6. Bradford & Bingley was nationalised because it couldn’t raise enough finance. The B&B had specialised in buy to let loans, which are particularly susceptible to falling house prices.

Impact of credit crunch on wider economy

Eurozone growth weak since 2008.
  1. The fall in bank lending led to a fall in investment and lower consumer spending.
  2. Falling house prices created a negative wealth effect, leading to a fall in consumer spending.
  3. The recession led to a rapid rise in levels of government borrowing. In response, the UK and many Eurozone economies pursued a degree of fiscal austerity – cutting spending/higher taxes to try and reduce levels of government borrowing. But, austerity in a time of recession, led to further decline in aggregate demand.
Rise in unemployment in the UK, US and Eurozone. Though unemployment has fallen quicker in US and UK.

Why did Credit crunch spread around the world?

The crisis started in US, but it spread around the world because

1. Foreign banks bought collateralised US debt. Many of these subprime mortgage loans were rebundled into CDOs and sold onto financial institutions around the world. For example, many British and European banks had exposure to these mortgage loans. Therefore, when defaults rose, European banks lost a lot of money.

2. Global Credit Crunch. The banking system is internationally linked. When some banks started to lose money they became reluctant to lend to other. Therefore the international banking system became affected and banks stopped lending to each other and therefore it became difficult for firms and consumers to borrow from banks. This decline in bank lending contributed to a fall in aggregate demand. Even countries which didn’t have any exposure to subprime lending were affected by the global credit crunch.

Credit Default Options – illustrate boom and bust.

3. Global Trade. With the US entering recession, their demand for exports fell. So many countries experienced a decline in exports. This decline in global trade contributed to the global recession.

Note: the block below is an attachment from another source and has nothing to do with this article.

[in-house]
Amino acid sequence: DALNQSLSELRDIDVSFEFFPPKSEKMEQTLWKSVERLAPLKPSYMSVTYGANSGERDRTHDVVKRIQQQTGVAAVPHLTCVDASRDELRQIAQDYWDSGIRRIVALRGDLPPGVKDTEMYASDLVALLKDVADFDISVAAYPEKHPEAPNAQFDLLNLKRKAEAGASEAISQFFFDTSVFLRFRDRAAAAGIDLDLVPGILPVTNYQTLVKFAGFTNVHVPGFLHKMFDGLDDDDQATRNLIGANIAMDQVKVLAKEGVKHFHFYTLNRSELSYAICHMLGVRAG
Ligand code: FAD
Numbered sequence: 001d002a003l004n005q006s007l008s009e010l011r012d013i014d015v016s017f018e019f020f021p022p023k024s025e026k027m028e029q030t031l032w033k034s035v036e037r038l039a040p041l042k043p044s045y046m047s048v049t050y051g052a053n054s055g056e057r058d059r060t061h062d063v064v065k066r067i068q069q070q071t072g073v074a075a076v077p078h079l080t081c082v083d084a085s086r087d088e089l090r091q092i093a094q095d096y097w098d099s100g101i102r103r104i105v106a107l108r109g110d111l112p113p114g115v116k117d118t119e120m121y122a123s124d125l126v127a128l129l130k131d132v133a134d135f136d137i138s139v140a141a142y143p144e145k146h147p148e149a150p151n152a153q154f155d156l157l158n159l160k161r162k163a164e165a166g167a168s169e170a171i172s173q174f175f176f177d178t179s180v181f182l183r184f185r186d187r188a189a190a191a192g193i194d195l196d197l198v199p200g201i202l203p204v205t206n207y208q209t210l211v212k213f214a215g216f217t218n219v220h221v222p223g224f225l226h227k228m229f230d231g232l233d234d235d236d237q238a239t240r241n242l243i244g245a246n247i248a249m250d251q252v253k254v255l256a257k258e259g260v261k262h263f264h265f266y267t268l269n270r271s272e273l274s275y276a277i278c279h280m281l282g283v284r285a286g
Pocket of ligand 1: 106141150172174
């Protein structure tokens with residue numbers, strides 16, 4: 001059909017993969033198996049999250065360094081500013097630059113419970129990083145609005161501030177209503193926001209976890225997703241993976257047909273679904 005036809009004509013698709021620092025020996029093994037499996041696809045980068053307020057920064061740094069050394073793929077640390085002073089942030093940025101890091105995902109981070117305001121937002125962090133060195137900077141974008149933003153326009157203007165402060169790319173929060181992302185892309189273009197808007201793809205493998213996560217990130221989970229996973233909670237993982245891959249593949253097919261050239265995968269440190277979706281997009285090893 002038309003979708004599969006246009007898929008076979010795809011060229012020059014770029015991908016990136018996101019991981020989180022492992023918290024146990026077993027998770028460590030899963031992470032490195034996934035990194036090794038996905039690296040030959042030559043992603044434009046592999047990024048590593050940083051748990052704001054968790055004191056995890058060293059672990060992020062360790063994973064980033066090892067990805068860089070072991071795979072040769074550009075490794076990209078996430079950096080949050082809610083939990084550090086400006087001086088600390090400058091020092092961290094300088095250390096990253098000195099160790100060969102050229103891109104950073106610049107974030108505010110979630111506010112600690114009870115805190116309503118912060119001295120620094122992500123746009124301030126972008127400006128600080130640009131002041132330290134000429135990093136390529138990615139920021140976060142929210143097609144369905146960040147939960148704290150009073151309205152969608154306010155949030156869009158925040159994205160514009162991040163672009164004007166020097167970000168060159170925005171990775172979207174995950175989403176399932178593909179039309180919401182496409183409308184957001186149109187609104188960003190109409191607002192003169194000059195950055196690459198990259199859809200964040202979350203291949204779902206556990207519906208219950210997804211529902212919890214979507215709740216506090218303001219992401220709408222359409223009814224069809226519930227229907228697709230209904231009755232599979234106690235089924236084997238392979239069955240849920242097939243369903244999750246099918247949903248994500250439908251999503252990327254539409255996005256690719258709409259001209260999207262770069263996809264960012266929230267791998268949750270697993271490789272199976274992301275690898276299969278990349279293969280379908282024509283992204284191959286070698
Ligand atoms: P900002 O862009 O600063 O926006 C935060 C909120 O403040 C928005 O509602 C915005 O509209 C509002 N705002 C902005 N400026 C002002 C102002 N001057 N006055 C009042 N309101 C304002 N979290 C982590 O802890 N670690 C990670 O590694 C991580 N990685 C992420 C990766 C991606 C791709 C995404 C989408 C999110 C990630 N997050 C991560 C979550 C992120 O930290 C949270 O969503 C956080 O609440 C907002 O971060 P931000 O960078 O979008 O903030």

4. Confidence. Problems in the financial and banking sectors adversely affected the confidence of consumers and firms leading to lower growth

Who was to Blame for Credit Crunch?

Estate Agents/mortgage salesmen

Estate agents would be a populist target. However, I don’t think they can be blamed for cause of the credit crunch. They may give bad advice, like trying to encourage people to buy at the peak of a boom, but, the price of houses are determined by market forces and not estate agents.

Banks for Making Poor Loans

In the boom years, banks made an increasing number of loans with little regard to bad credit. Banks found ways to increase the number of mortgage loans through strategies such as interest-only, 100% mortgages and lending to people with poor credit history. The result is that more homeowners are at risk of mortgage defaults. It is this rise in mortgage defaults that is leading to bank losses and reducing their willingness to lend.

  • UK banks could argue that they have been positively responsible compared to their American counterparts. UK banks will argue that without the US Subprime debacle, the mortgage industry wouldn’t have collapsed like it has. Mortgage repossessions in the UK, although increasing by 40% in last 12 months, are still a small % of the total mortgage market.


Rising house prices encouraged people to buy houses. In London, many houses were snapped up by foreigners, this contributed to the boom. It is in these areas where house prices are now falling rapidly. However, this merely exacerbated volatility of house prices rather than causing the credit crunch

The Government

It could be argued the government should have done more to regulate banks who were lending irresponsibly. The credit crunch has shown that financial institutions can easily abuse systems of self-regulation. The big question is whether government bail outs of banks in trouble has created moral hazard. – By preventing banks from going under, have the governments given tacit approval for future bad decision making?


6 thoughts on “Credit crunch explained”

  1. I need to know one of the responses by goverment to the crises has been to take a stake in a number of banks/bulding societies. how does this effect the mix of the UK economy.

  2. A credit crunch (also known as a credit squeeze or credit crisis) is a reduction in the general availability of loans (or credit) or a sudden tightening of the conditions required to obtain a loan from the banks. A credit crunch generally involves a reduction in the availability of credit independent of a rise in official interest rates. In such situations, the relationship between credit availability and interest rates has implicitly changed, such that either credit becomes less available at any given official interest rate, or there ceases to be a clear relationship between interest rates and credit availability (i.e. credit rationing occurs).

  3. Why has corporate borrowing risen in recent years particularly by businesses with low credit scores?

  4. You completely failed to give the Clinton administration its due credit for causing the banks to lend money to those who could not afford the mortgages. How would this have ended if the Clinton administration had left things alone.